MEPS 216:57-66 (2001)  -  doi:10.3354/meps216057

Effects of cyst resuspension on germination and seeding of two bloom-forming dinoflagellates in the Baltic Sea

Anke Kremp*

Department of Ecology and Systematics, Division of Hydrobiology, PO Box 17, 00014 University of Helsinki, Finland and Tvärminne Zoological Station, 10900 Hanko, Finland

ABSTRACT: The implications of cyst resuspension on germination and subsequent seeding of the 2 spring-bloom dinoflagellates Scrippsiella hangoei (Schiller) Larsen and Peridiniella catenata (Levender) Balech from the Baltic Sea were investigated in a field study and laboratory experiments. Sedimentation of resuspended cysts was monitored by an automated sediment trap in 2 consecutive winters prior to and throughout the germination period off the SW coast of Finland. The effects of increased irradiances and water motion on germination and germling survival were tested by incubating cysts at different light levels and in turbulent water. Cyst fluxes of both species were low during the calm and cold winter of 1998/1999. In 1999/2000, heavy storms caused strong resuspension of S. hangoei cysts. Light significantly increased the germination frequency of S. hangoei cysts and supported germling survival and cell division. In P. catenata, the percentage of excystment was not significantly influenced by light and germination was successfully completed in both darkness and light. Subsequent growth of the species, however, required light, although maximum cell numbers were encountered at an irradiance as low as 10 µmol m-2 s-1. Small-scale turbulence reduced the germination frequency of S. hangoei but did not affect excystment in P. catenata. No negative effects on subsequent growth were detected. The favourable effects of light on germination and germling survival of S. hangoei emphasize that resuspension would be advantageous for the bloom initiation of this species. Cyst resuspension seems to be less important in P. catenata population dynamics, since germination can be successfully completed in darkness and the amount of cysts transported to the water surface is insignificant even with strong turbulent mixing. It is concluded that cyst resuspension may be advantageous for dinoflagellate bloom initiation, depending on its extent and timing and the specific germination requirements of the respective organism.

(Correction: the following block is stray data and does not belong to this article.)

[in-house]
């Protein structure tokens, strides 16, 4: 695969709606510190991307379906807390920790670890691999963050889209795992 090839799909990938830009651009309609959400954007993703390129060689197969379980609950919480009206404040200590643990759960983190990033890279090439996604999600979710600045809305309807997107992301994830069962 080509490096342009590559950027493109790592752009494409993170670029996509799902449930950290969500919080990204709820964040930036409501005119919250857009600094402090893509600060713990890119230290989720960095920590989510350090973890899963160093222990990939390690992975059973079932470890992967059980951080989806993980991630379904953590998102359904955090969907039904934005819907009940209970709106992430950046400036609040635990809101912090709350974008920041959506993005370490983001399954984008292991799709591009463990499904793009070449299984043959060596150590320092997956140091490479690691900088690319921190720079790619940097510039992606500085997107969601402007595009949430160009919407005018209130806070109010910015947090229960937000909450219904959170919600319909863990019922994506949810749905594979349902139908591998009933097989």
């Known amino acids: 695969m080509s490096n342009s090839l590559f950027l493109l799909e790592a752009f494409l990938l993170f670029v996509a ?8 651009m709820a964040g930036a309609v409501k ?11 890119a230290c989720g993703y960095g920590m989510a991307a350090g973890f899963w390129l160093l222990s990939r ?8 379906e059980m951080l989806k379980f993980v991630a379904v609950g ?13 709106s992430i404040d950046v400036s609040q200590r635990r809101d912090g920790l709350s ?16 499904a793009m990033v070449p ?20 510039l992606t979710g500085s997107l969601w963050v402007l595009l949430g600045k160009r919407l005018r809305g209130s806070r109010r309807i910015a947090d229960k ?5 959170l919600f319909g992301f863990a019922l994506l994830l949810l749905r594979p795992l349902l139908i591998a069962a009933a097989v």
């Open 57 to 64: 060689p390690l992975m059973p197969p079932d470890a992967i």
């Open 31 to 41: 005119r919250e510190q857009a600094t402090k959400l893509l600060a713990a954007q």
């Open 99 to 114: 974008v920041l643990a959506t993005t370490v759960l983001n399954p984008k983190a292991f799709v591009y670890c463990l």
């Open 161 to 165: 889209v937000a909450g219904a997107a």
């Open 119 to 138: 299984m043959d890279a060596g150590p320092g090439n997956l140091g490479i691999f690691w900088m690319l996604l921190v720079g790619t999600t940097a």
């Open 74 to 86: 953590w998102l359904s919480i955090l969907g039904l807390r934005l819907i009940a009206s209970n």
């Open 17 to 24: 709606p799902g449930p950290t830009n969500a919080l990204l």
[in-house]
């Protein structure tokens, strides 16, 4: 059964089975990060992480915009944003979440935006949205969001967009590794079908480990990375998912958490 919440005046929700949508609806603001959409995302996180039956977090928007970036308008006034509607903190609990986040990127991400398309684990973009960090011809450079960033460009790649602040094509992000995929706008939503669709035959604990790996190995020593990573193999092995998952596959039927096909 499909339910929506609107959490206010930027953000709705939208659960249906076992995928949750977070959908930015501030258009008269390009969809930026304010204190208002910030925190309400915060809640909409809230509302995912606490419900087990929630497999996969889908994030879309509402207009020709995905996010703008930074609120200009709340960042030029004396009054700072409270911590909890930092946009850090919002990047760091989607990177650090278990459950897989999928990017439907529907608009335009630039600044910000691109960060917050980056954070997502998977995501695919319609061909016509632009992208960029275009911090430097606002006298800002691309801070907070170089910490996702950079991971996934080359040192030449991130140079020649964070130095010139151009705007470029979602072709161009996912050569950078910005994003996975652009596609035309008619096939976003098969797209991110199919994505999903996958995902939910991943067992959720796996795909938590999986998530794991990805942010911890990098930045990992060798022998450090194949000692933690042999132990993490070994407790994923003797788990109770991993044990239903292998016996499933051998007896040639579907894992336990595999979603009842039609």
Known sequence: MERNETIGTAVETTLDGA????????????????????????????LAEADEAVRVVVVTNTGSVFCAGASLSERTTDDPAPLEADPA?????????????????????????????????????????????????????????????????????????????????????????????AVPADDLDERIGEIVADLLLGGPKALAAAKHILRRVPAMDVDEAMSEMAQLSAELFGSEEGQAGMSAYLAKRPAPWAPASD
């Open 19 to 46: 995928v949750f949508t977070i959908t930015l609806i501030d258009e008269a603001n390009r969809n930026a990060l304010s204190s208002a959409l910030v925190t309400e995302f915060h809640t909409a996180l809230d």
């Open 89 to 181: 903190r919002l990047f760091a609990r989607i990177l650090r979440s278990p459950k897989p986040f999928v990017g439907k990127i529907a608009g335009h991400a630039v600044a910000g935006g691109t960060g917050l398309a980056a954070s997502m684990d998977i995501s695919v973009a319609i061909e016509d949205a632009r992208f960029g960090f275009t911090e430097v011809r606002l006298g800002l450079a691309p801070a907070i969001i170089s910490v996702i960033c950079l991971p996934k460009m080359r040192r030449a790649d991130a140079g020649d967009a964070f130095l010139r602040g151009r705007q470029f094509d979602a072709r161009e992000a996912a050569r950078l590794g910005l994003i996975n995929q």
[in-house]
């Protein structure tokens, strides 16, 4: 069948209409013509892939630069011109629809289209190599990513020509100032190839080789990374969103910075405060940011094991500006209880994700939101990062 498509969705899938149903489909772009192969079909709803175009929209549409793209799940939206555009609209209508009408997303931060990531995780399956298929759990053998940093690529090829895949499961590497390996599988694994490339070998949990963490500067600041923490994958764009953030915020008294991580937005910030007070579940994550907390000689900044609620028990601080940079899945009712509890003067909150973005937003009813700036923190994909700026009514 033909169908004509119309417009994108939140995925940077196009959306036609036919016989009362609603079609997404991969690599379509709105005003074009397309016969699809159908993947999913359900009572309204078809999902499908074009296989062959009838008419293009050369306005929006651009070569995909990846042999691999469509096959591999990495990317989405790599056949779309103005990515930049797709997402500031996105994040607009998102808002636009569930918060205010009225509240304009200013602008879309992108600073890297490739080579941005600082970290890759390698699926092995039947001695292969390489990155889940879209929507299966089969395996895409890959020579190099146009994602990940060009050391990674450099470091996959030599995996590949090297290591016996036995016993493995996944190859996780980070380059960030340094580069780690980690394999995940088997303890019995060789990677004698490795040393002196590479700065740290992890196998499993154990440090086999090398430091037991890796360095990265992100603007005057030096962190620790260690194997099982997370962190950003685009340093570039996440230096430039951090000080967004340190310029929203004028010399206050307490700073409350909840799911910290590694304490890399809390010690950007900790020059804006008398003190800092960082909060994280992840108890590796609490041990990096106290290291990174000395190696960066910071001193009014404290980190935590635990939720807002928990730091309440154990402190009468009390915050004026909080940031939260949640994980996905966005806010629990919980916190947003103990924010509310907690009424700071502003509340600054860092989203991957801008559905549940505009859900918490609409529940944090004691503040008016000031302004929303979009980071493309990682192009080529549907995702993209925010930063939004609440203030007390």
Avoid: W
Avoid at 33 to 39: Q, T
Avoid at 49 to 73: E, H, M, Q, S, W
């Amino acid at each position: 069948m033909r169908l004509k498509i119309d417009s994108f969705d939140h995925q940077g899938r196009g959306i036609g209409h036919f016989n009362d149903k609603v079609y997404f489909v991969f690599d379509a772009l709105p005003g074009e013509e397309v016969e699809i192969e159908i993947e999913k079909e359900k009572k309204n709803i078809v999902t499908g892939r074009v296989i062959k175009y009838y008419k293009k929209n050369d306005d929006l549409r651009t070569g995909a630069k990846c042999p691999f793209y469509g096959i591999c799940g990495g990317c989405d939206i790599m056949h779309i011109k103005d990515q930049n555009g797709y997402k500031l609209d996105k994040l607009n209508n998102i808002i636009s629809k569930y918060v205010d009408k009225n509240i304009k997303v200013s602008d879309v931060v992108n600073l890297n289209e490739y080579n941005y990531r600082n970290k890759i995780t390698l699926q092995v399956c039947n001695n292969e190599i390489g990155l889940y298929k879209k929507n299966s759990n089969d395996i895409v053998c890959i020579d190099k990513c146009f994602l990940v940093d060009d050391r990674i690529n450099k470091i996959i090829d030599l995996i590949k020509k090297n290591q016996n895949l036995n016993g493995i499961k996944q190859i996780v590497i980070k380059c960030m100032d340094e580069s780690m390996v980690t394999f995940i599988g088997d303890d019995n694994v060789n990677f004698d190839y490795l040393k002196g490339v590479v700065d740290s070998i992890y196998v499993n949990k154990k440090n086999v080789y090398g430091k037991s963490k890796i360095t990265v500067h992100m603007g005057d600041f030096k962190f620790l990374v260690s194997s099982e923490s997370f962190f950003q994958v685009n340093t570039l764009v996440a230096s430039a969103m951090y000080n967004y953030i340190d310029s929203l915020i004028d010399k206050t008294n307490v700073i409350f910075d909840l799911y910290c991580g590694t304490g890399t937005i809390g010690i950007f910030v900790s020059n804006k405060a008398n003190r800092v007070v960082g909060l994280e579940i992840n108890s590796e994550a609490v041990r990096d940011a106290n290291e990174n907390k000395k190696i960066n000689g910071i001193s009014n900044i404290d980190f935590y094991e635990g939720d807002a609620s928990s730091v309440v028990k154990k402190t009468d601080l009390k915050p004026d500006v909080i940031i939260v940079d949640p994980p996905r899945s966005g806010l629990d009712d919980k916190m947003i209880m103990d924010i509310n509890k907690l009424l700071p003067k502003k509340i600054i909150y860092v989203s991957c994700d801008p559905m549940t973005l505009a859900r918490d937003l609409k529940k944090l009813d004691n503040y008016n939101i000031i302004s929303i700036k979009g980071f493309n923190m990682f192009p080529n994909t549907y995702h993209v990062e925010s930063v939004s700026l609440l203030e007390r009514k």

KEY WORDS: Cysts · Dinoflagellates · Germination · Peridiniella · Resuspension · Scrippsiella turbulence


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